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Michaleski pledges support for province's ambulance plan


The provincial government’s plan to overhaul Manitoba’s ambulance system is a good news story for rural Manitoba, says Dauphin MLA Brad Michaleski.
Amid boos and jeers, Michaleski affirmed his support for the plan in front of a hostile crowd of more than 500 at a community meeting in Grandview, last week.
“I am not saying this because I am a part of the government. I say this as a person that has experienced emergency care, someone who has sat on municipal government. When I saw the new EMS plan, I realized that this is a good news story for rural Manitoba.”
The changes are based on a 2013 report commissioned by the Manitoba government which recommended the closure of 23 low-volume ambulance garages and the construction of five new EMS stations.
Grandview’s EMS station is one of those slated for closure.
According to the province, the changes will result in a more co-ordinated and responsive rural EMS system.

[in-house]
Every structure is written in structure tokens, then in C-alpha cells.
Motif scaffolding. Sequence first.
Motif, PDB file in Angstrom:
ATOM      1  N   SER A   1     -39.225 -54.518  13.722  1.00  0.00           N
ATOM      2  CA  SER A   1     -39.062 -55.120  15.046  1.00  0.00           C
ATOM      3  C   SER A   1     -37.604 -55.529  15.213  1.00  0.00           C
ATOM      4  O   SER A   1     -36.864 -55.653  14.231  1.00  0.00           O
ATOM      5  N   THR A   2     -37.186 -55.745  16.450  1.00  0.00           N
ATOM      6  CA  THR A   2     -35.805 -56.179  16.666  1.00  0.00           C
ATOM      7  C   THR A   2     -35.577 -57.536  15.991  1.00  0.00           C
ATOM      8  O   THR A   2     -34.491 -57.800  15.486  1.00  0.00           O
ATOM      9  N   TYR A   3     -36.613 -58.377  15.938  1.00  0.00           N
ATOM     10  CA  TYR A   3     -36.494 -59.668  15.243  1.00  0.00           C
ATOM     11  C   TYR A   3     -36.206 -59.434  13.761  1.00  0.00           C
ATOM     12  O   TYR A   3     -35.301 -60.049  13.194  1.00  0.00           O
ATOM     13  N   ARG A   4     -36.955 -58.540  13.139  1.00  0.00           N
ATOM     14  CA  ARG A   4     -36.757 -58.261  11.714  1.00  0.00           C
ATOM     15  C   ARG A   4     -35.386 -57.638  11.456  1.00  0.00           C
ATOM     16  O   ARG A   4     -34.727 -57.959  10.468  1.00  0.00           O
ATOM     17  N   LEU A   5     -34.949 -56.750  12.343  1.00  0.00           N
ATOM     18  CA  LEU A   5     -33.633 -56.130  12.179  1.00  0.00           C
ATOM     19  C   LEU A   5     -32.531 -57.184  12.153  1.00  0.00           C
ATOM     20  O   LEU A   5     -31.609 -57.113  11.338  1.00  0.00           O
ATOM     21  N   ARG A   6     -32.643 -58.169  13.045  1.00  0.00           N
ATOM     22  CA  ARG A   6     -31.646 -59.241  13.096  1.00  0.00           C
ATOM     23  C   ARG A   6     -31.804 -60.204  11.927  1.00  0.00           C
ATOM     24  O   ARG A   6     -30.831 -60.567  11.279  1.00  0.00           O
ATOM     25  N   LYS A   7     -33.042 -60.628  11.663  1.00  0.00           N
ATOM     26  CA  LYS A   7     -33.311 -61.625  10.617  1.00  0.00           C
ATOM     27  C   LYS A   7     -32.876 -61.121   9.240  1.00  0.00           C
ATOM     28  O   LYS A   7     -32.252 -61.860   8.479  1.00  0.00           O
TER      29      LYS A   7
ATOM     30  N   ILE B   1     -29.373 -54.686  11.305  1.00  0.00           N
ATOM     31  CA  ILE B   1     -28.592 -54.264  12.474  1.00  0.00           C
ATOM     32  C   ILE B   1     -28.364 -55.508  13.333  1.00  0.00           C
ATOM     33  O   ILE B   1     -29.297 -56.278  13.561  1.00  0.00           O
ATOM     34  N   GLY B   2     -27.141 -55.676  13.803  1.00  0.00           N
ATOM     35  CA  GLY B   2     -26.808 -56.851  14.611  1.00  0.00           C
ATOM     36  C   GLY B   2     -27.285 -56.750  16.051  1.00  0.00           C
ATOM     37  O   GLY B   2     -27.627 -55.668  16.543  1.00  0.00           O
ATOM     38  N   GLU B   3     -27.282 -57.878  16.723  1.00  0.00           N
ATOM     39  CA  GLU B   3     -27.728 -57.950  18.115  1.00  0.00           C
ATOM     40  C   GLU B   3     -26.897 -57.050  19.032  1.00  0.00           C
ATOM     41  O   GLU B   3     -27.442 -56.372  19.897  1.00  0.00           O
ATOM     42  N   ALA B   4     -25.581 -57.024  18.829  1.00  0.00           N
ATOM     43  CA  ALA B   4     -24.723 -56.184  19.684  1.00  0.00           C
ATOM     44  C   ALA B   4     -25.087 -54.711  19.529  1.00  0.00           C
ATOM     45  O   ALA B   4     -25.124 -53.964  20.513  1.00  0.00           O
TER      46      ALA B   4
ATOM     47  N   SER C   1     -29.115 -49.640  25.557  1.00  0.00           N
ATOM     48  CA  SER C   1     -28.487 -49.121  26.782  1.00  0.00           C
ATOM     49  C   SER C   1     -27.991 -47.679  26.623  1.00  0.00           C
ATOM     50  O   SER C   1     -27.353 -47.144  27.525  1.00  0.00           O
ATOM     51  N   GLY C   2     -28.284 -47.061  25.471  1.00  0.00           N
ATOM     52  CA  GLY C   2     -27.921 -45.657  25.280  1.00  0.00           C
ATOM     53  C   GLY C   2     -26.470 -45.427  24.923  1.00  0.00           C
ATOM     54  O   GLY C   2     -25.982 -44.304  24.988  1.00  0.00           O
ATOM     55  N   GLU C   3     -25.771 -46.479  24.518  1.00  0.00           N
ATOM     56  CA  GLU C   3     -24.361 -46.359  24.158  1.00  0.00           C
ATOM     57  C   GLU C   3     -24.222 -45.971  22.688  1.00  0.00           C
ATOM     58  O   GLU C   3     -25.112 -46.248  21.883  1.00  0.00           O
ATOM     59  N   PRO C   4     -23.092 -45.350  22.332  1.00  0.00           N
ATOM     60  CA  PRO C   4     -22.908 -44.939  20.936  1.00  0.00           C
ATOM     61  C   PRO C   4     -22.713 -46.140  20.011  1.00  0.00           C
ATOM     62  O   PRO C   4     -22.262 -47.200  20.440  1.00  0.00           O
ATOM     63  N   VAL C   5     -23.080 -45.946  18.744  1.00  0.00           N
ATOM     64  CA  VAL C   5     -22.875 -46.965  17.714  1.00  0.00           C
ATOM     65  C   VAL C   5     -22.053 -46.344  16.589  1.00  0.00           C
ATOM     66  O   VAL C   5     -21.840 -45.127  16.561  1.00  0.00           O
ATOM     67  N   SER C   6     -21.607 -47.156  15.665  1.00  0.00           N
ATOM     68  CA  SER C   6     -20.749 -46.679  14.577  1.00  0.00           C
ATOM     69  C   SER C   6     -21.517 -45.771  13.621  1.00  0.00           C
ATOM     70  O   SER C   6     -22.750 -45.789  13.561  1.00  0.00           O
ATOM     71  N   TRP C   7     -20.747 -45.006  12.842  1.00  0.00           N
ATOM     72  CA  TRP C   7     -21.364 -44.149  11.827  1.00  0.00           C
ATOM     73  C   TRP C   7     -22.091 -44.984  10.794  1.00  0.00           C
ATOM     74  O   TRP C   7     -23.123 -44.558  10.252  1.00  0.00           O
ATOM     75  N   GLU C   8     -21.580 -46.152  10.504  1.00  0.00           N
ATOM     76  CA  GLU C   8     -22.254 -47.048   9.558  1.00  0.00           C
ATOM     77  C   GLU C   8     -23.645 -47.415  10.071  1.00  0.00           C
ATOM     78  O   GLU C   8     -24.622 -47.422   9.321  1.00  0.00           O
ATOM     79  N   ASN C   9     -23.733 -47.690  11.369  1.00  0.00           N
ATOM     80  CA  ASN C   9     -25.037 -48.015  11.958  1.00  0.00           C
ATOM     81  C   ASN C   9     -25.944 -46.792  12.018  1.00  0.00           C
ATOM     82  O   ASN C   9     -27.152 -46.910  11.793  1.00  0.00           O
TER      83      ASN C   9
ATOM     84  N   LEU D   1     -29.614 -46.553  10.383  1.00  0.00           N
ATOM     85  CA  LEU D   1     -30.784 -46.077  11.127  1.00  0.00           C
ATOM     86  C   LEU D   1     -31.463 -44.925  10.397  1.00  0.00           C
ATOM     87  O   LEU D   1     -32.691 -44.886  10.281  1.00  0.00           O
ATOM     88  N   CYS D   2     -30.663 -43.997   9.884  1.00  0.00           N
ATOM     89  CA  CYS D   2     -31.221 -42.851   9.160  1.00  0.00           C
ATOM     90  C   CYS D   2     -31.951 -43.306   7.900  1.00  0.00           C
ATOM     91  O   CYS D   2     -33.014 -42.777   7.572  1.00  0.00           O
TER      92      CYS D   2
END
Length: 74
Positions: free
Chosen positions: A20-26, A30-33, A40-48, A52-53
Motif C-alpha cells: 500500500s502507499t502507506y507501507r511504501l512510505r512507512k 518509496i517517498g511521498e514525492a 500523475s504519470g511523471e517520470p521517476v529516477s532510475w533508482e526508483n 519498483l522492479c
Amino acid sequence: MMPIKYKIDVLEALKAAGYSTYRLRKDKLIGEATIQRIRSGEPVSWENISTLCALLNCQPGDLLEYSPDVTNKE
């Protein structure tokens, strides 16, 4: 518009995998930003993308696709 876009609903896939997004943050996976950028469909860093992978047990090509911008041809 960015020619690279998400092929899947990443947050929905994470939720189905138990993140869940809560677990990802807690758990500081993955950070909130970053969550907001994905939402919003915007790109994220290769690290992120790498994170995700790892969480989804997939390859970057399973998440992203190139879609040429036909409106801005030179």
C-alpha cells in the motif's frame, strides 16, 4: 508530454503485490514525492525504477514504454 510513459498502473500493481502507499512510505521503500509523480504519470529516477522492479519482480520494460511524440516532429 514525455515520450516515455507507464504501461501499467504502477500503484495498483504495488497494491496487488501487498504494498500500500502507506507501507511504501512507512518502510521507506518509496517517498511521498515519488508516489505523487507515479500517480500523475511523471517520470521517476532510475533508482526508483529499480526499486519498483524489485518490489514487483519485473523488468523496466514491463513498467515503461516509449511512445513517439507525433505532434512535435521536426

“It is not a bricks and mortar system,” Michaleski said.
“I fully support the new EMS system because it works for municipalities and it works for rural Manitoba.”
Those at the meeting challenged Michaleski about his commitment to his constituents.
“Everything I have heard from Grandview, all the concerns, I understand the anger and the concern on this,” he said.
“But if I look at the new system, again I support the new system, because it works for Ste. Rose, it works for Roblin, it works for everybody.”
And while he admitted the new system, as proposed, might be a step backward for Grandview, the province had to look at the bigger picture and take into account the “unpredictability of emergency services.”
“I have never said anything bad about Grandview EMS. I have never said anything bad about Grandview ambulance. But at a provincial level this is a major problem in rural Manitoba,” Michaleski said.
“What is important is that when you make that phone call somebody is coming. Maybe it does not apply to Grandview, but in a lot of communities, they are dealing with on-call, volunteer paramedic systems. And our commitment is to invest in 24/7, fully-trained paramedics in locations around the province. It makes sense to me. In a working system, it totally makes sense.”
Michaleski added the new system is expected to take up to 10 years to implement and nothing will change until everything is place.
In the meantime he will continue to relay the concerns of Grandview residents.
“I hear what you are saying in Grandview and I am taking those messages back to Winnipeg.”